ALAN Campbell lives on the east side of Sutherland Avenue.
And that, he says, has made all the difference when it comes to a recent assessment of his property value.
Campbell said after reading that home assessments on the North Shore had started to slip this year, he was surprised to discover his own assessment had gone up by about seven per cent - from $866,900 to $923,700.
Campbell says his house is nothing special. "It's old and it's small," he said. "It's a basic rectangle built around 1960" - with less than 1,000 square feet on the main floor.
"There's no way anyone would pay $924,000 for this lot," he said.
Campbell said he talked to friends in the real estate business, who advised him realistically his house would probably have sold for around $820,000 last July.
That put his assessment about $100,000 too high, in his estimation.
But the real surprise came when Campbell started looking into the value of properties on the other side of the street - and realized they had actually dropped in value.
One house across the street from him fell one per cent in value in the past year.
Campbell said he doesn't understand that. "They'll always go up or down in lockstep," he said of the assessed values on his street.
Sutherland Avenue is an anomaly. The west side of the street is within the boundaries of the City of North Vancouver while the east side is within the District of North Vancouver.
The two sides of the street also theoretically sit in different neighbourhoods - Grand Boulevard on the west and Calverhall on the east - at least as defined by assessors and real estate agents.
But Campbell said the reality is homes on the street are very similar. "They draw a line to create an arbitrary submarket," he said. "Which makes no sense whatsoever."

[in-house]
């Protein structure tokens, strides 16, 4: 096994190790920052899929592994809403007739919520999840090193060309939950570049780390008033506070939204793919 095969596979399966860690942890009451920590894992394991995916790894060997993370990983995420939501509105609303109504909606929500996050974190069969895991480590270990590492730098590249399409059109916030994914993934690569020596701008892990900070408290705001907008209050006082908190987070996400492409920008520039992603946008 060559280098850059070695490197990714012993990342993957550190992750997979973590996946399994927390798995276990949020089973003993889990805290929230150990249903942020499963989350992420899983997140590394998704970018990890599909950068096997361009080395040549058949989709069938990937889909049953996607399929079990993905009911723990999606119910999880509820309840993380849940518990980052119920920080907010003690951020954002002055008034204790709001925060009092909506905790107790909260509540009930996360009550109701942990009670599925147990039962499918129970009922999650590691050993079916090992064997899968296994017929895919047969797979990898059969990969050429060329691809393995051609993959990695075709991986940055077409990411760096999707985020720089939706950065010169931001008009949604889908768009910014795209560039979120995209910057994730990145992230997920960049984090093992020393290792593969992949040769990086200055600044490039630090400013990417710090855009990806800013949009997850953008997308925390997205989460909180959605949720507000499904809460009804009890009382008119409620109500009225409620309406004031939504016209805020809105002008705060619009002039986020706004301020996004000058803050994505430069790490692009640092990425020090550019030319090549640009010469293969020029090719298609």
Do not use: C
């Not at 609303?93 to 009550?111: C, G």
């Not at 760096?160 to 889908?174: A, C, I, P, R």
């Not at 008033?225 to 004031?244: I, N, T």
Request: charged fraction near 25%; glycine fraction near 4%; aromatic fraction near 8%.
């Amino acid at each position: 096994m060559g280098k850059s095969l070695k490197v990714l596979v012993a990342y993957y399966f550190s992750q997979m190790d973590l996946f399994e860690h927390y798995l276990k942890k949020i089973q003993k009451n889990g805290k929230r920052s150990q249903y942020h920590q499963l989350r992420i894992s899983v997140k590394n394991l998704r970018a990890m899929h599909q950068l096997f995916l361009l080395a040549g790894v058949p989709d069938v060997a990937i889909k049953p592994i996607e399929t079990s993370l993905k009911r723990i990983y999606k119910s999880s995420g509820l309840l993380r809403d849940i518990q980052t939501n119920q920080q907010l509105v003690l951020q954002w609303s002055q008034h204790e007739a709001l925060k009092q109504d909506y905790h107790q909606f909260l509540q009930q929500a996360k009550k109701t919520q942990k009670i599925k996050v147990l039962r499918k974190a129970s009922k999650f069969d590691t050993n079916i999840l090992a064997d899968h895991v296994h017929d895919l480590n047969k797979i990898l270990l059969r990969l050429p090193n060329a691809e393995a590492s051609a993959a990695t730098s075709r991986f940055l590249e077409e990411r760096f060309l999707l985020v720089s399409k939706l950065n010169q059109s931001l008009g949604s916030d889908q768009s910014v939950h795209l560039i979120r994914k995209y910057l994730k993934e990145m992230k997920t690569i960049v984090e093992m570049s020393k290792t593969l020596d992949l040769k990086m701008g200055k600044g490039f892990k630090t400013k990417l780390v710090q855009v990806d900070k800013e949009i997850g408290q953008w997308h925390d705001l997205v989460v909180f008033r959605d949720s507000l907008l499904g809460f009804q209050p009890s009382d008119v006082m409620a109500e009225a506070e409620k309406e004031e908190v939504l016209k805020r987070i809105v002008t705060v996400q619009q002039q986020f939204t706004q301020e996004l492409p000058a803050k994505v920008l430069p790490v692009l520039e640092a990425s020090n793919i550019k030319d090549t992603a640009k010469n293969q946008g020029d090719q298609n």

Campbell reckons the increase could cost him as much as $400 extra in property taxes this year. He plans to appeal his assessment.
Campbell isn't the only person surprised to find their property values up in a supposedly slumping market.
Keith Collier, who lives on West Windsor Road near Delbrook said he was also surprised to find the assessment for his 1940s-era home up by about 15 per cent.
"We haven't done any changes," he said of his home. "We know for a fact house prices haven't jumped 15 per cent," he added.
Jim Gill, who lives nearby at 502 West Kings Rd. in a two-bedroom bungalow, said he's talked to about a dozen neighbours, who have all had increases of about 14 per cent. That translates into property values going up by anywhere from $100,000 to $200,000.
Worried about a disproportionately high tax increase, at least half a dozen neighbours in his block are planning to appeal, he said.
But even that presents challenges, he added, because it's difficult to determine exactly how assessors come up with their numbers.
Paul Borgo, deputy assessor for the area with B.C. Assessment, said in the Sutherland Avenue case, being in different legal communities could have an impact on property values on different sides of the street.
Assessors do look at sales in different sub-markets to come up with values, he said.
"At the end of the day, the real question the owner should be concerned with is could they sell their home at the number the assessment is," he said.
"If the owner feels they couldn't sell their home for that value of July 1, they may have a point."
Owners have until Jan. 31 to speak with appraisers and decide to file a formal appeal.
When coming up with assessed values, assessors look at sales in the nearby area, municipal permits and zoning changes, and photographs similar to Google's street view, taken by a private contractor.
Assessors will also sometimes drive by properties to check on their condition, he said. "We do leave the office."
But figuring out which recent sales their properties are being compared to is often confusing for homeowners, said Gill.
For instance, a house next door to him sold for $1.3 million in May. But "it's a very large custom house," he said.
"I'm sort of at a loss as to how they come up with these numbers."
Generally fewer than two per cent of owners appeal their assessments. So far, that trend is holding in North Vancouver, said Borgo.
Although most homeowners protest their assessments are too high, a small number also appeal saying their assessments are too low, said Borgo. Those may be people looking to sell their property, or borrow money against its value, he said.